We’d often walk up to what grandma simply called the Corner Store, so named because it was a convenient store at the corner of their street. I think I was at least a teenager before I realized it had an actual name.
Once we came inside and got cleaned up or were getting ready for bed, she’d always say the same thing – “You’re gonna sleep good tonight!” I’m guessing now that she and grandpa slept better than we did but she never would have let on that we were in the way, too loud, or a bother.
I remember when it felt like an accomplishment to be taller than someone. Of course, at just around five feet tall, the first person all us grandkids passed was grandma. It seemed like such a big deal at the time.
I remember thinking Tang was orange juice. Grandma was a big fan of the drink because it was what the astronauts drank. I was probably a teenager before I realized orange juice was a completely different thing. She always seemed to have something baking and I’m pretty sure the smell of anise will forever linger in her kitchen. She was always giving me homemade pizzelles which I would share with friends and coworkers (I like them but could never eat as many as she gave me). Everyone in the family got a pizza for their birthdays. Couples got them for anniversaries. Every special occasion seemed to warrant a pizza. Sometimes there was no occasion. Sometimes she would randomly call and ask, “would you like a pizza next week?” Of course I always did.
And then there were the cookies – mountains of anise toast, pepper cookies, chocolate chip cookies, sugar cookies, and more. Every Christmas. Or just because she wanted to.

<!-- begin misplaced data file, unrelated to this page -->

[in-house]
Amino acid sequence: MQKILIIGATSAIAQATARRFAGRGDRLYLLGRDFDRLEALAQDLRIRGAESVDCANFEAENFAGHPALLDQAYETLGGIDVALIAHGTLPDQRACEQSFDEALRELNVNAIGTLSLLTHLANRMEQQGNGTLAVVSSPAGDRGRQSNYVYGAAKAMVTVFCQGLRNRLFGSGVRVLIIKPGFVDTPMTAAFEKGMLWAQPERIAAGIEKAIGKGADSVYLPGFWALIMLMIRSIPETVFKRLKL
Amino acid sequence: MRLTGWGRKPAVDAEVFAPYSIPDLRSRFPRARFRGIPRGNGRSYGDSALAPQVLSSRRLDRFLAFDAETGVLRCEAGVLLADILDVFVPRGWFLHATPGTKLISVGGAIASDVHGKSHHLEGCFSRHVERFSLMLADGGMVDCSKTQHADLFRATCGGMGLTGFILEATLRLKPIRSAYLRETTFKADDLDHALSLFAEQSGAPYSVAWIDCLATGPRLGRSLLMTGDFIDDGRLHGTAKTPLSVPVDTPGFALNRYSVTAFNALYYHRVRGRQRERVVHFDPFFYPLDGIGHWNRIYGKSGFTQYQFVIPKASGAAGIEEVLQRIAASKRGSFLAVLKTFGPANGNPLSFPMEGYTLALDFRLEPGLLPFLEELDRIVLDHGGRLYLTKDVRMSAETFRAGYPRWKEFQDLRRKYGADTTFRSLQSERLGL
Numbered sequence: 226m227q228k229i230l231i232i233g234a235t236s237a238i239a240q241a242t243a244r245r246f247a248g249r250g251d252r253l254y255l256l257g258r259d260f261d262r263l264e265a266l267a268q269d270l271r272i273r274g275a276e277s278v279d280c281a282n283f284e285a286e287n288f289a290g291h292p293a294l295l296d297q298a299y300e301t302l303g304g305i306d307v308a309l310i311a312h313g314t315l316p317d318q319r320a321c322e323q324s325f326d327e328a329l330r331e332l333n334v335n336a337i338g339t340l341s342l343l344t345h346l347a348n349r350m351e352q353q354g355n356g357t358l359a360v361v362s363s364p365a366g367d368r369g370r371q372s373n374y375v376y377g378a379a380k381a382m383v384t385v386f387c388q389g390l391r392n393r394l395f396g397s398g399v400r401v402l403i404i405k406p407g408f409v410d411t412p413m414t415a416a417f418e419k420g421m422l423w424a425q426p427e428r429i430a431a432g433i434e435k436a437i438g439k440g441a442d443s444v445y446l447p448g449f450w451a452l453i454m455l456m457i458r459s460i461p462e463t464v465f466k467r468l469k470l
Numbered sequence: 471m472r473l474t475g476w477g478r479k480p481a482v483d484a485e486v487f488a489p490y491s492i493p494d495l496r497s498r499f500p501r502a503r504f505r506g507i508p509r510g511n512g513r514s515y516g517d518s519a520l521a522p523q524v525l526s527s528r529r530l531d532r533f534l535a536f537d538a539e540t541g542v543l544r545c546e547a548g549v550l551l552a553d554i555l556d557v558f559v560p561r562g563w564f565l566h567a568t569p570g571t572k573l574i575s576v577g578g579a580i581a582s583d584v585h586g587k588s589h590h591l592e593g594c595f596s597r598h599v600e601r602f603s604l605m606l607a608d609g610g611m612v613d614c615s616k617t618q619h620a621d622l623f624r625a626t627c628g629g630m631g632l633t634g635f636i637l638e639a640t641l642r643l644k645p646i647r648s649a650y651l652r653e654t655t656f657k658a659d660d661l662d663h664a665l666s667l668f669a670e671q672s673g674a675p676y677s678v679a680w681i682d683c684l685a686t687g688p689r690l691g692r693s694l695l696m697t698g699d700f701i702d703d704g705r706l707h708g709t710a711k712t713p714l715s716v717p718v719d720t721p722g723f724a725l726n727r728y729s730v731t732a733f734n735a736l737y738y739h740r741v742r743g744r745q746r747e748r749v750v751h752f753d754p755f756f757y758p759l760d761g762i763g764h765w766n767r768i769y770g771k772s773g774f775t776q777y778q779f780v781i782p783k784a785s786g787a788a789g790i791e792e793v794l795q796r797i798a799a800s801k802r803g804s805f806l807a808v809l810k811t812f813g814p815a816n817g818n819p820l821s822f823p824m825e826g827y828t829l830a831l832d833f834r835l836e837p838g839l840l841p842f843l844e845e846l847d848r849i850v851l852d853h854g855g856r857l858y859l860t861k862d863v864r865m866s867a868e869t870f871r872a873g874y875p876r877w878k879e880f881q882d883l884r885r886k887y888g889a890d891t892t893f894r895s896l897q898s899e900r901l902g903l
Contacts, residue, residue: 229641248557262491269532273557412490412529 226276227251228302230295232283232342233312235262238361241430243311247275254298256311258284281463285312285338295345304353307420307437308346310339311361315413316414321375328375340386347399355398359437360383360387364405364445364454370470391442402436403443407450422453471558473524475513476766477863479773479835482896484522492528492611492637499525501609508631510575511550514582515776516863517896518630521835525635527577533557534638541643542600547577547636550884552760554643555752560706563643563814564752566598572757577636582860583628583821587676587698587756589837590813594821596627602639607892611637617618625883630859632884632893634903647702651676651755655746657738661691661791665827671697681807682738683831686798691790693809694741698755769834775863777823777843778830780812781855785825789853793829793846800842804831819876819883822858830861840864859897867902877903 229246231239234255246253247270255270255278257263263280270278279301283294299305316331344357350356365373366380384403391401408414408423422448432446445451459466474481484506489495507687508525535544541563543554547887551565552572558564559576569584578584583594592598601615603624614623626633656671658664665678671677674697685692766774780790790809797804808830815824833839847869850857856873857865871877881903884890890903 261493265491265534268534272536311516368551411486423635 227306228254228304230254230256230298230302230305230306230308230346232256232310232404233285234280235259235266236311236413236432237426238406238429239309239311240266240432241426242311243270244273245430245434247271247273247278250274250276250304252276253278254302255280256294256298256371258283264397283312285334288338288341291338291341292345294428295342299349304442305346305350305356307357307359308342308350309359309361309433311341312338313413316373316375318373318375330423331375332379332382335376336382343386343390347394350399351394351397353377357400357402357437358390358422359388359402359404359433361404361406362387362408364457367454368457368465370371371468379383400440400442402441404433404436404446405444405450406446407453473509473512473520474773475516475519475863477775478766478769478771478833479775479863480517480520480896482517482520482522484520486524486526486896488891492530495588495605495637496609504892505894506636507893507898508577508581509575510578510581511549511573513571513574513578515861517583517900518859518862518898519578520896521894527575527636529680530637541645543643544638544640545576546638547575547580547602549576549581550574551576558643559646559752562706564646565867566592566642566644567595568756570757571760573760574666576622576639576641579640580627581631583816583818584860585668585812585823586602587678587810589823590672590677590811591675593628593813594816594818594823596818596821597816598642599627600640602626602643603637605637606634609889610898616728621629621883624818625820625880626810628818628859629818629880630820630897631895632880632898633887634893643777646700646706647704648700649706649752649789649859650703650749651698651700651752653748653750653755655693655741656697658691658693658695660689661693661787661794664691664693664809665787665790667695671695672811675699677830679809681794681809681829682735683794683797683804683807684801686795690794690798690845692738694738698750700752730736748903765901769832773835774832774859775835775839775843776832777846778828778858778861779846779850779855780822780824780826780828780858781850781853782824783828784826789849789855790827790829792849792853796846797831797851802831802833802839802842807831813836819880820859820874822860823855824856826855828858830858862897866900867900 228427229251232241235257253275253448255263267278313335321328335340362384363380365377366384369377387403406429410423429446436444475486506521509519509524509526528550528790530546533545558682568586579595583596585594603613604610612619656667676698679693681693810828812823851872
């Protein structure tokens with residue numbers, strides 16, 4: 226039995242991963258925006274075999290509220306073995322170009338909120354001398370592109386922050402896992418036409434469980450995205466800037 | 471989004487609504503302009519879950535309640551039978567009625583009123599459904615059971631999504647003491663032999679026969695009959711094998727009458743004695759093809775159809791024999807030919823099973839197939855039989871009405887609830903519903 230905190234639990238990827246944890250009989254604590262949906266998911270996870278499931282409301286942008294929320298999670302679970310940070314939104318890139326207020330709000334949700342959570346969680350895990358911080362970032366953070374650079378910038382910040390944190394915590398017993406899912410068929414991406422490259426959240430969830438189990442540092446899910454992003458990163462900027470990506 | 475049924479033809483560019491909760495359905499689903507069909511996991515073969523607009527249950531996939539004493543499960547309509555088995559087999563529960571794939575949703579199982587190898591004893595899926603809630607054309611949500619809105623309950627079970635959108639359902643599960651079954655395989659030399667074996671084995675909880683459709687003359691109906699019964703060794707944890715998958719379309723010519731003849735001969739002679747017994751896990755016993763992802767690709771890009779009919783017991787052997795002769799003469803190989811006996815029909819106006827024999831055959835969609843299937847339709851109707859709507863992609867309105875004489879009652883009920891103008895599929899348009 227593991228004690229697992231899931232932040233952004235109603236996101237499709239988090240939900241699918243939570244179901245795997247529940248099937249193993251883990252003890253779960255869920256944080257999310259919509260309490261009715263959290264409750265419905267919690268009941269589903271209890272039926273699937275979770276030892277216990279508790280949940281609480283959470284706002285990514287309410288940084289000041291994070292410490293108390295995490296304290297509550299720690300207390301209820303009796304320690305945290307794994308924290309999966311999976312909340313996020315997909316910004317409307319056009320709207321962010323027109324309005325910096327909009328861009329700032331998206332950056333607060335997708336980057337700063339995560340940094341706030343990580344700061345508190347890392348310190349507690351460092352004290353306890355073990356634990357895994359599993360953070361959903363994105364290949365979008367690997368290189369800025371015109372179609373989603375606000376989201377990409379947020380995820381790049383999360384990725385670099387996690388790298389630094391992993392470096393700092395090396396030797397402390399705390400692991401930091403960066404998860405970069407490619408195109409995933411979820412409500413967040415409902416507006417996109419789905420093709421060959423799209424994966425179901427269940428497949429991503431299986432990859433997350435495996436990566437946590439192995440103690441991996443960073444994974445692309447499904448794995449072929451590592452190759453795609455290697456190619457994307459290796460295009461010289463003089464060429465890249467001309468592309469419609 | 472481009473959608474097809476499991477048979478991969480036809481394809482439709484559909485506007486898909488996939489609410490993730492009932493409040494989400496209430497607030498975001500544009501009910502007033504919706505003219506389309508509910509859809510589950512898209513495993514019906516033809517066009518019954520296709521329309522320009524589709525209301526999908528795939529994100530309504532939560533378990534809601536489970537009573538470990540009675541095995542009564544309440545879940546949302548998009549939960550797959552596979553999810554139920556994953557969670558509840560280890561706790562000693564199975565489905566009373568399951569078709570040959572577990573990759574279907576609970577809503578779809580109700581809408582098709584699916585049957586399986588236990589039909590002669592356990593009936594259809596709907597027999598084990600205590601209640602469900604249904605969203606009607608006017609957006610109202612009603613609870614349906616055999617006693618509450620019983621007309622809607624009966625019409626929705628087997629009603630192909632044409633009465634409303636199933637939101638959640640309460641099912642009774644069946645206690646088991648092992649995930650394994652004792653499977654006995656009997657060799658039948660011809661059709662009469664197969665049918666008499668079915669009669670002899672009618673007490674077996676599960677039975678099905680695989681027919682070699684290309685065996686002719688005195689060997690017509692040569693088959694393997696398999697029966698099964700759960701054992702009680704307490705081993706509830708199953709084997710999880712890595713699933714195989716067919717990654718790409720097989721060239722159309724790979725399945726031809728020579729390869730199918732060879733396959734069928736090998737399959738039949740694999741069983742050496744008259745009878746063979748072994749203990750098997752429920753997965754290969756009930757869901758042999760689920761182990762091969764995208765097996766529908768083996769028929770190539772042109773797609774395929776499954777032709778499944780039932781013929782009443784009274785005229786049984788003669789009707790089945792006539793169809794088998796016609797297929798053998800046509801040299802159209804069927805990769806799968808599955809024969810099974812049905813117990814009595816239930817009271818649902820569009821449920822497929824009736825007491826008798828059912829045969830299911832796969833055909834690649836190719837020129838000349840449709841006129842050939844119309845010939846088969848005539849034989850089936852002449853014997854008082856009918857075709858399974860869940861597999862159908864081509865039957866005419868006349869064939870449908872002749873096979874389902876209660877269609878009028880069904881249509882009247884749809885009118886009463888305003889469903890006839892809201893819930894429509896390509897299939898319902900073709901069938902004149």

Ten years ago, when I was getting ready to move back to Cleveland from western Ohio, dad’s entire family came to help me move. Grandma included. She was 85 but she was there for support which I have always thought was amazing. Last year, I started a small chocolate making business and she was always one of my best customers, buying stuff for church friends and young cousins last year at Christmas. She bought more at Easter and I’m pretty sure she paid me twice though I couldn’t convince her of that. Growing up, grandma made our Easter baskets. She molded chocolate (apparently it’s in my blood), wrapped meat trays in tin foil, and put the chocolate and other goodies in there before wrapping it in saran wrap. She even had a mold of the Last Supper and apparently I was quite scandalized by this when I was very young, thinking it too “holy” to actually eat. It seems silly to quote from a t.v. show right now but I recently heard something that rang very true for me. One character was comforting another because their parent’s health was failing. The adult child expressed how difficult it was going to be to watch her father decline. The other person said, “You’ll see. As soon as you walk out that door, you’ll remember him exactly the way he used to be. Everything is good outside that door.”
And it’s true. When I remember grandma, I will remember the vitality, energy and love that defined her for more than 96 years. I’ll remember her smile and that sweet voice